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Jacques John Grenier gets 13 years for smuggling $20M of cocaine

An expert testified that the drugs — probably purchased from a Mexican drug cartel — had an estimated street value of $20 million.

It was a potential payoff of more than $500,000 that motivated a Canadian sailboat captain to smuggle 250 kilograms of cocaine into Nova Scotia from a small Caribbean island, a judge said Friday as he sentenced Jacques John Grenier to 13 years in prison.

"It was just greed, Mr. Grenier, plain and simple," provincial court Judge Gregory Lenehan told the 69-year-old man.


Grenier, who moved to Nova Scotia in 2015 and was unemployed, had earlier pleaded guilty to two charges: possession for the purposes of trafficking cocaine and importing cocaine. A third charge, conspiracy to import cocaine, was withdrawn.


Lenehan said he took into account Grenier's age, his guilty pleas and the fact that he is battling skin cancer. But the judge said a double-digit sentence was needed to discourage others from using Nova Scotia's craggy coastline as a "soft target" for drug smugglers.

"You're coming to your sunset years," Lenehan told Grenier, a tall, thin man with a swarm of surgical scars above his left eye. "You don't have 30 or 40 years left."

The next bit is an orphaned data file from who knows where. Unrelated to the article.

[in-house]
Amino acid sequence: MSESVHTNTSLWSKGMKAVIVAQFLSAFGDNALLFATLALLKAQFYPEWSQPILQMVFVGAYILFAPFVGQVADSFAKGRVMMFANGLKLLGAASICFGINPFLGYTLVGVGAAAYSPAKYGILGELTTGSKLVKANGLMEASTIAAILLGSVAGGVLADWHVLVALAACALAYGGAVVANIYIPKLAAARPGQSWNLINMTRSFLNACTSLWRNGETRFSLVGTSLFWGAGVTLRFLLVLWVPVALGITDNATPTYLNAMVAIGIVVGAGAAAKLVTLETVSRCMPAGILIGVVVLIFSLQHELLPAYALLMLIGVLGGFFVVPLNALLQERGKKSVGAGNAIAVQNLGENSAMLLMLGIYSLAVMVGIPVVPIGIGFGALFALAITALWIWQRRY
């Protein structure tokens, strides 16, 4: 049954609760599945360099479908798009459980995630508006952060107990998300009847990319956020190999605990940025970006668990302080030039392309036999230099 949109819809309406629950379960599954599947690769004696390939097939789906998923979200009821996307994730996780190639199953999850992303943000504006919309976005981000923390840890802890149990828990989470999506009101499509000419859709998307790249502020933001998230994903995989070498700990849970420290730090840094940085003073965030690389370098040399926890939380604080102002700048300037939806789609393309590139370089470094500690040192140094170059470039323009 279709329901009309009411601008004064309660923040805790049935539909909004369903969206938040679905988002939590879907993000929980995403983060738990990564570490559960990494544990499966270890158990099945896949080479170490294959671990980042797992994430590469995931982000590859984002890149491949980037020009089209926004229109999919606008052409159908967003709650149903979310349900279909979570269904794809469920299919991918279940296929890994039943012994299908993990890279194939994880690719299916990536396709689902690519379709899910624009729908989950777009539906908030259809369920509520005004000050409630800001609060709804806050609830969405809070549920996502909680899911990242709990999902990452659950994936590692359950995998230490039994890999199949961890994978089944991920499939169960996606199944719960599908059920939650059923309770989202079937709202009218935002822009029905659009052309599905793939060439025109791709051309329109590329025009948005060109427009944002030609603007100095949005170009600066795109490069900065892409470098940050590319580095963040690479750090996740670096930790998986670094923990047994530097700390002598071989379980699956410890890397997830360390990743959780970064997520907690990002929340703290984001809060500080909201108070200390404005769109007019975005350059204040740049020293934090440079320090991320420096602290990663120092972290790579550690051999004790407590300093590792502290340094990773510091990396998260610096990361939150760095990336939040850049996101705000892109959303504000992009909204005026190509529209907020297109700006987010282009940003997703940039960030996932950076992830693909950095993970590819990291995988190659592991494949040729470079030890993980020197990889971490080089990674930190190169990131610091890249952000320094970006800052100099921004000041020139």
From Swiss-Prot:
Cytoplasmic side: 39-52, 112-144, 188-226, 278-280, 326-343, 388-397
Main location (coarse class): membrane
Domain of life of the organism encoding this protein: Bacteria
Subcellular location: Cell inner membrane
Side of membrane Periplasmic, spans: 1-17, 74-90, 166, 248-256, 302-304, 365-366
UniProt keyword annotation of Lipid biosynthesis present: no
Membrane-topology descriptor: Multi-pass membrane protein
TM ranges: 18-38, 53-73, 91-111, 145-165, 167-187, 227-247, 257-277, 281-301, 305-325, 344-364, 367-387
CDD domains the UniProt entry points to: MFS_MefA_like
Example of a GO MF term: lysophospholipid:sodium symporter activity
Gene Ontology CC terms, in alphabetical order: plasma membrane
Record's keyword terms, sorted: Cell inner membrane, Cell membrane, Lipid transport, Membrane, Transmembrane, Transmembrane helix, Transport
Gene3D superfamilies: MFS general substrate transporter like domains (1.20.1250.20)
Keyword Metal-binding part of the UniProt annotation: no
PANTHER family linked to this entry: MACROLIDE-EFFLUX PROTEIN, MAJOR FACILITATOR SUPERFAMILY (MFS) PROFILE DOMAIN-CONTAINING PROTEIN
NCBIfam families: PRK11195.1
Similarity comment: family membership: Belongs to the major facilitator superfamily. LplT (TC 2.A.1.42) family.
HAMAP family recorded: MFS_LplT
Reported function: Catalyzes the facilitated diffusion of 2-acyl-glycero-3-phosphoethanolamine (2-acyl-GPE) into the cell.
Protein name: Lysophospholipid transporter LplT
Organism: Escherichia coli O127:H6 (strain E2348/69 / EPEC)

Grenier, a resident of Hubbards, N.S., was arrested late on Sept. 3 after officers with the Canada Border Services Agency boarded his 9.7-metre sailboat Quesera at a small marina near Halifax. Court heard Grenier had sailed the vessel solo from the Dutch side of Sint Maarten, an island east of the Virgin Islands.



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Tomeo, a former staff sergeant who worked in the RCMP's Montreal drug unit for more than 25 years, said the amount of cocaine Grenier was carrying indicated he had strong contacts within the cartel.

"It shows a high level of trust in the individual," Tomeo testified. "And it's extremely rare that this is done alone."

However, Tomeo later told defence lawyer Patrick MacEwen there was no direct evidence that Grenier had done this sort of thing before, even though the experienced sailor had admitted to crossing paths with drug dealers during his travels abroad.

Grenier's sentencing was delayed several times because he underwent surgery and switched lawyers. His sentence was reduced by one year because he had already spent eight months in custody.

A Quebec man, Luc Chevrefils, is also charged in the case. He is expected to stand trial in August.



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Source : CBC News Canada 


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